Thornless Blackberries

Today I planted Black Satin and Natchez Thornless Blackberries. I purchased them last spring in the market economy but they were not well rooted and I left them in pots until today. I will continue to look for wild berries but in the meantime I will see how these two do. Natchez is a zone 6 plant and I am not sure it will winter over. I am ostensibly in zone 6 but think my microclimate is zone 5. They are in a protected location so will likely do fine.

Black Satin is good to zone 3.

I have read a lot of pruning advice regarding blackberries, but never bother much with it.  Most gardening books make everything too hard.

I give my garden daily attention because I enjoy it.  Turn your back a minute and it does fine.  In Texas I kept my garden well mulched and used little water.  Here in my Food Forest, I use Hugelkutur.  The secret is optimal water retention.

I cut out dead blackberry canes when I get around to it.  You can cut a cane that has fruited because they only fruit once, but these canes wither back anyway and you do better to cut them when dead.  The plant withdraws nutrients from the cane and uses it elsewhere, so getting hasty just weakens the plant.

If you want to collect blackberry leaves for tea, that is done before they start turning in the fall.  Collect young leaves and dry them in the shade at room temperature?  BlackBerry tea is a medicinal but also combined with other leaves for tea.  Most teas are medicinal and best drunk in moderation.

New blackberry shoots are good eaten as greens.  Since they spread well, take your new shoots quickly while young and delicate.  If you eat the new shoots, the patch does not get out of control.

If you like absolute order, go for blueberries or other orderly bushes.  Blackberries are not pretty, but they have blackberries!

Blackberries seem to be universally known and who could pass on blackberry pie?  I want the native variety to add to my Food Forest up hill.  They certainly help trees evade Mule Deer extinction.  That would be the prickly variety.

The prickly variety can also be part of an edible boundary hedge on larger properties, helping keep out stray people and animals.  Wild blackberries can keep deer out of your vegetable garden in the tastiest way.  In the Pacific Northwest Blackberries get way out of hand and a few people rent goats to come in and  eat them to the ground.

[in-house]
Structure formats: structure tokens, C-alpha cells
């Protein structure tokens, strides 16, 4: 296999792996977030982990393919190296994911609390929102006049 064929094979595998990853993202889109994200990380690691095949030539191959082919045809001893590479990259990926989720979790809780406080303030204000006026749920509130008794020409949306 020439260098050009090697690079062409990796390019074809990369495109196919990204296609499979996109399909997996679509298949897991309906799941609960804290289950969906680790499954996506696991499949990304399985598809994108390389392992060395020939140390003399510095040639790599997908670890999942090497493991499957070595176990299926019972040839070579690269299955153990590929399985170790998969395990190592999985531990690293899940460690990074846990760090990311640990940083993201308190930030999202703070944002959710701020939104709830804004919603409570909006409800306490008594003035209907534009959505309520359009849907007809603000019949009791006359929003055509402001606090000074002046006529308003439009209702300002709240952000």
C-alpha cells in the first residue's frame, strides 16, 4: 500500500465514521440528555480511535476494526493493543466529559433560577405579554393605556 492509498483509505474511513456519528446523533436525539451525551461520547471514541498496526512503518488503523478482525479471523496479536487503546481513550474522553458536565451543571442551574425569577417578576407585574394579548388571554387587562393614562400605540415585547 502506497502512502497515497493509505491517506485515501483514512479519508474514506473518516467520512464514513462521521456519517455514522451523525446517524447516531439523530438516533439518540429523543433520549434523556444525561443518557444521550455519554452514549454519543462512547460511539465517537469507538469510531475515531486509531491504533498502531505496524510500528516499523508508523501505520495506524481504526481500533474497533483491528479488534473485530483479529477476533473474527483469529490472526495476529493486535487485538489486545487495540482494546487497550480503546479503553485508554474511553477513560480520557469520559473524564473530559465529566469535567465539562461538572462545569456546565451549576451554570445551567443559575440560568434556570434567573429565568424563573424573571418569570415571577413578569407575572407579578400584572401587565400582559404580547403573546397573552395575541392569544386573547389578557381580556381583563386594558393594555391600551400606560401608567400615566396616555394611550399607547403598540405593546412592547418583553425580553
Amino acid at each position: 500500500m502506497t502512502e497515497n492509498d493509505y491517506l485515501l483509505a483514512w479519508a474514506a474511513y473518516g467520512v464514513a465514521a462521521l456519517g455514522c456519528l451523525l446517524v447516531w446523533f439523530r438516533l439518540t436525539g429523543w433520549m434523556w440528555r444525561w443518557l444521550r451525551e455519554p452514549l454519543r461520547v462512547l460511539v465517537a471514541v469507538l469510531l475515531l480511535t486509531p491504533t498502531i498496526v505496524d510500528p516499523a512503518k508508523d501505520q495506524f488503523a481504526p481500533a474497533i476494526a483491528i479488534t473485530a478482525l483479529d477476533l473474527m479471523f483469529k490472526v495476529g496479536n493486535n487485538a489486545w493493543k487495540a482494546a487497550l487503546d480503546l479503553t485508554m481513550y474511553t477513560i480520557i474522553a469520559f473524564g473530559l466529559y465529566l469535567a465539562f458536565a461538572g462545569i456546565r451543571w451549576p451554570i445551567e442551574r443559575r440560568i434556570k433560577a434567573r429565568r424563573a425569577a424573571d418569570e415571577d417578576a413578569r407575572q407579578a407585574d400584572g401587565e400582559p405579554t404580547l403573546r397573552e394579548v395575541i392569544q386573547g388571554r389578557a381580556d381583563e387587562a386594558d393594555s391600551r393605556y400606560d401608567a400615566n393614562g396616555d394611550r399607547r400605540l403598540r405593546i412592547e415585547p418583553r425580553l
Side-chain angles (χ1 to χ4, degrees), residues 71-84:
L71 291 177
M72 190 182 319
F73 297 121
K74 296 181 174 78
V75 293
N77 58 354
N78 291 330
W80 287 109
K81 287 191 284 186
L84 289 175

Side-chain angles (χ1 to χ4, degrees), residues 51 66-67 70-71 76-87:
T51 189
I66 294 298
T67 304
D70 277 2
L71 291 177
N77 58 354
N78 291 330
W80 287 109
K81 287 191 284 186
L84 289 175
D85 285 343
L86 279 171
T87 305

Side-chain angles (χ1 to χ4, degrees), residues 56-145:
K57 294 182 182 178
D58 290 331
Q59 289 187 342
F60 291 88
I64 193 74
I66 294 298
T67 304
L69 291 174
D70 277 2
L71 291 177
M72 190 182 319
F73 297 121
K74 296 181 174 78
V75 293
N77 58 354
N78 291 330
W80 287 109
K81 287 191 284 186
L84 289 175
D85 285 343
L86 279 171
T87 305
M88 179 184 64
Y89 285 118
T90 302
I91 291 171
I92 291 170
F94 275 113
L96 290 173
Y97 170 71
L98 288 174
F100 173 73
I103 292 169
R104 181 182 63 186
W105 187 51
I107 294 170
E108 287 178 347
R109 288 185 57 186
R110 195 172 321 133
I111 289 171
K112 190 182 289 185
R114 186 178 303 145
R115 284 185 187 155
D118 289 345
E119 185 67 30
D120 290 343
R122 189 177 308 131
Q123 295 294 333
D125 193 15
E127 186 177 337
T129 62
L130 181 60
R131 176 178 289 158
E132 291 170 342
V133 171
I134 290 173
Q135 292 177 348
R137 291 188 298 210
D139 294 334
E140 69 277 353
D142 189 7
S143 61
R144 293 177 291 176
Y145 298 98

I also planted one Russian Sage in my pinyon/plum tree guild.

Winter Storm Clara is moving this way and I expect snow over the weekend. If it does snow on Thanksgiving it will likely shut the freeway down and still holiday traffic.

I decided where to use my last cement blocks for a raised bed.  Tomorrow I will put a few in place.  Life is good.

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About rebeccatreeseed

I am a naturalist raised by naturalists. Treeseed is my earned name, while Rebecca is my birth name. I am of Northern European descent, with a quarter Irish.quarter thrown in. I suspect I was a product of northern invaders into Ireland into Ireland. but hard to say since DNA disproved the family story about Apache blood! I have found some odd ancestors to replace them. Last year I bought 5 acres of pinyon-juniper forest on the side of a mountain in Santa Fe County, New Mexico. I am fulfilling a lifetime dream of a cabin in the mountains and a food forest that will feed me and local wildlife. I want to share this new phase of my life with others that might be interested.
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5 Responses to Thornless Blackberries

  1. Helen says:

    I have a thornless blackberry….. It’s roots have produced thorned secondary plants, but if you want blackberries, I guess it could be worse!

    Hadn’t thought about using the leaves for tea but I’ll give that a go. I’ve still got some leaves which seem impervious to the change in the seasons.

    • Thank you! I have never bought blackberry vines in the market economy, always had access to various species of wild berries. Seems like false advertising if new canes have thornes, since canes only bear once. I am almost content then; however I will continue my search for a native, adapted variety. It is so dry here that high water species are usually above 7500 feet.

      • Helen says:

        I think the case of my bush, it’s the new growth from the roots which have thorns, so it may be because of the rootstock used?!

        Anyway, the best of luck in finding the ones you want.

      • I use as many natives as I can, in part because they are nutrient dense and in part because we have not been able to pass GMO labeling. We don’t know what we are eating. Corporations are trying to pass laws making GMO labels illegal. I am shifting my mix of wild and domestic foods to have a higher percentage of wild, and as many heirloom varieties from good sources as possible. I used to try “new” seeds every year just for the fun of it, but am seed saving now. We are losing most of our corporate battles over here. I will grow all my food before I lose this one, and my garden space will all be raised beds for convenience to my knees!

      • Helen says:

        GMO is scary. At least I know my plant will be safe from that…. Blackberries are native to Britain and I could easily grow my own from a cutting but for the thorns. That said, with blackberries being so prevalent, if my bush continues to trouble me I’ll have it out and just forage for them 🙂

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